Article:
Well thank the Heavens for Agron because until his timely arrival to save Spartacus I was THIS close to giving “Victory” the series finale for Spartacus, my lowest grade of the season, and perhaps the lowest grade in the series’ entire run. Ok so maybe expectations were unfairly high but throughout its previous three seasons, one thing that the series has always delivered with flying colors has been season-ending finales. That was damn near flushed down the toilet by the events in the final minutes but more on that in a moment.
As I’ve noted in past reviews part of the challenge of wrapping the series up is that we know that everyone, or most everyone has to die, so the writers, you’d think, would need to do pull out all the stops. Sadly they didn’t. “Victory” lacked that momentous feel of season one’s “Kill Them All” and Season Three’s “Wrath of the Gods”. The entire episode had a maudlin approach that seemed in direct contrast to everything we’ve seen up to this point. It was like watching the condemned slowly walk to the hangman’s gallows. By the time Spartacus fired up his ‘Braveheart’ William Wallace speech to inspire the troops it was anti-climactic.
And speaking of Braveheart, I mean what the hell? It seemed like the entire final battle against Crassus’s legions was blatantly lifted from Braveheart. From Spartacus’s speech about freedom, to imploring his troops to “hold” repeatedly as the Romans rushed towards them it was like a reply with different costumes. Crassus’s charge towards Spartacus on the battlefield was much the same as the English commander’s charge towards William Wallace. Heck, even Gannicus leading a force of cavalry in a surprise attack on the Roman’s rear flank was lifted entirely from Mel Gibson’s film. I have expected Mel to get a producer’s credit at the end.
The best scene in the episode was the fictionalized meeting between Spartacus and Crassus before the final battle. While undoubtedly this meeting never happened in real life, it’s one you can give them a pass on for dramatic purposes. Like two titans the foes acknowledge their grudging respect for each other. The head-to-head battle between the two commanders is also a work of fiction but again, understandable that the writers went in this direction.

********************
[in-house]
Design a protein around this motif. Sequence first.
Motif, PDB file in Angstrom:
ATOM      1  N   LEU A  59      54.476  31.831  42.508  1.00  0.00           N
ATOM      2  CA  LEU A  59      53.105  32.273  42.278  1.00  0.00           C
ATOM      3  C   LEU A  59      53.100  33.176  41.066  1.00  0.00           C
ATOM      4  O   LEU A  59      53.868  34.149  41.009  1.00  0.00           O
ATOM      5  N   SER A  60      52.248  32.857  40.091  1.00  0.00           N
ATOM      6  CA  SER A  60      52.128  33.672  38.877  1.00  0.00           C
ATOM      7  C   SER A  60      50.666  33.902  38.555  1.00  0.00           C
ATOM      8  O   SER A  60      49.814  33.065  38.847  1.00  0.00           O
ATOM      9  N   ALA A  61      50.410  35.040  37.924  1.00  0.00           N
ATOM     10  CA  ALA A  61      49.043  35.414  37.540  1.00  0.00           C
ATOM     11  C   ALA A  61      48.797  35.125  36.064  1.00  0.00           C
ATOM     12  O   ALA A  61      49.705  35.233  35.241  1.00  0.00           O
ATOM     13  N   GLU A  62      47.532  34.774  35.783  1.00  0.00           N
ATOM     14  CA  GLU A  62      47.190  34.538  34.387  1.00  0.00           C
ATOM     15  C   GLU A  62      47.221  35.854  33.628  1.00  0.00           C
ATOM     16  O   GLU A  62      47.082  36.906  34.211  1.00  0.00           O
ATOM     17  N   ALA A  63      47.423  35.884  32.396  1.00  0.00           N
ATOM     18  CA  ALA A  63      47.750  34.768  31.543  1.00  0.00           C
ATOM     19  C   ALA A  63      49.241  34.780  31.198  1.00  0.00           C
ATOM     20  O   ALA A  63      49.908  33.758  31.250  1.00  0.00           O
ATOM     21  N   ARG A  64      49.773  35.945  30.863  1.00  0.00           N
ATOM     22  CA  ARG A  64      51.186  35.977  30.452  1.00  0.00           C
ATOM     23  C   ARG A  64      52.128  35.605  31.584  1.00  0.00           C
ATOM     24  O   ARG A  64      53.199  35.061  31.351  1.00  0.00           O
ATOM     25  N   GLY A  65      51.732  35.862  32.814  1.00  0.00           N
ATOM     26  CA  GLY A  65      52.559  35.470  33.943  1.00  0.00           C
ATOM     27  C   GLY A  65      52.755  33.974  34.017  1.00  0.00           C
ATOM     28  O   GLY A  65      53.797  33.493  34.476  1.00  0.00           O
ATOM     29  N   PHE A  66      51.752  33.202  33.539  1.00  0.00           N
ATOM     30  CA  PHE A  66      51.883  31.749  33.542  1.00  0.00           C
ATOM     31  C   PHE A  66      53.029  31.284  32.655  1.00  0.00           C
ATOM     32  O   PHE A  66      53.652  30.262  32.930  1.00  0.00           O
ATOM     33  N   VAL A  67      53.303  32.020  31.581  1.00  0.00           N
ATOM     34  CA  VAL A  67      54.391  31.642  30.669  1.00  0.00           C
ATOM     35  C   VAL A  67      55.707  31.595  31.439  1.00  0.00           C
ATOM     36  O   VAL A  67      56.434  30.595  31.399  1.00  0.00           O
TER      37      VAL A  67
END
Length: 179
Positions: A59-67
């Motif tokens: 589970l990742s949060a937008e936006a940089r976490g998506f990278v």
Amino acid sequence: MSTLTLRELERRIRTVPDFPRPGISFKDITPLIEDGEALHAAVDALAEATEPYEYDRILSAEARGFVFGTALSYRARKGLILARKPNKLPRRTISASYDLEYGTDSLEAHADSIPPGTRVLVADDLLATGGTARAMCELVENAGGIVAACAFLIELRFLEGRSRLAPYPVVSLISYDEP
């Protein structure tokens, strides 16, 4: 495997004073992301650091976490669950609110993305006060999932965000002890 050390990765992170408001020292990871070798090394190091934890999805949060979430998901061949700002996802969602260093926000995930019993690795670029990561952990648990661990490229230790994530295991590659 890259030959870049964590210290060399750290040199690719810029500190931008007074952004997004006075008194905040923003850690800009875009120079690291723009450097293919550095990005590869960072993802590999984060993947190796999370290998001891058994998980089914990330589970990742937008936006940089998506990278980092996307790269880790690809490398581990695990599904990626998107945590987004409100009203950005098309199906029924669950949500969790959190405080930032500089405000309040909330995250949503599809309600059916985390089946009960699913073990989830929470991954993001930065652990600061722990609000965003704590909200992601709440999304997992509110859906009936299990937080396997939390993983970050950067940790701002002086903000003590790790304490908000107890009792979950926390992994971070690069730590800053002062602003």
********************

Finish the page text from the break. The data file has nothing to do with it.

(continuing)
Yet as Crassus was poised to end Spartacus’s life the only thought I had was that if Crassus kills him I’m leading a march on the Starz studios with torches and pitchforks. Hence, Agron’s timely arrival to help the gravely injured Spartacus from the battlefield. This at least can fit with the historical fact that while presumed dead, Spartacus’s body was never found…at least not by the Romans.
The other standout scene, although short, was finally seeing Pompey on screen. In keeping with history Pompey gets the lion’s share of the credit for defeating Spartacus even though his role was largely mop-up duty. Still it was fun to see someone of high enough stature to put Crassus in his place and force him to acquiesce.
While “Victory” failed to live up to the high standards of previous season’s finales, it didn’t detract from what has been a fantastic show. While it didn’t get the hype of “The Walking Dead” or “Game of Thrones”, pound for pound it may have very well have been the best of the three shows. And hopefully you stayed around for the credits to see all of the actors who have been in the series including the late Andy Whitfield. That was a nice tribute.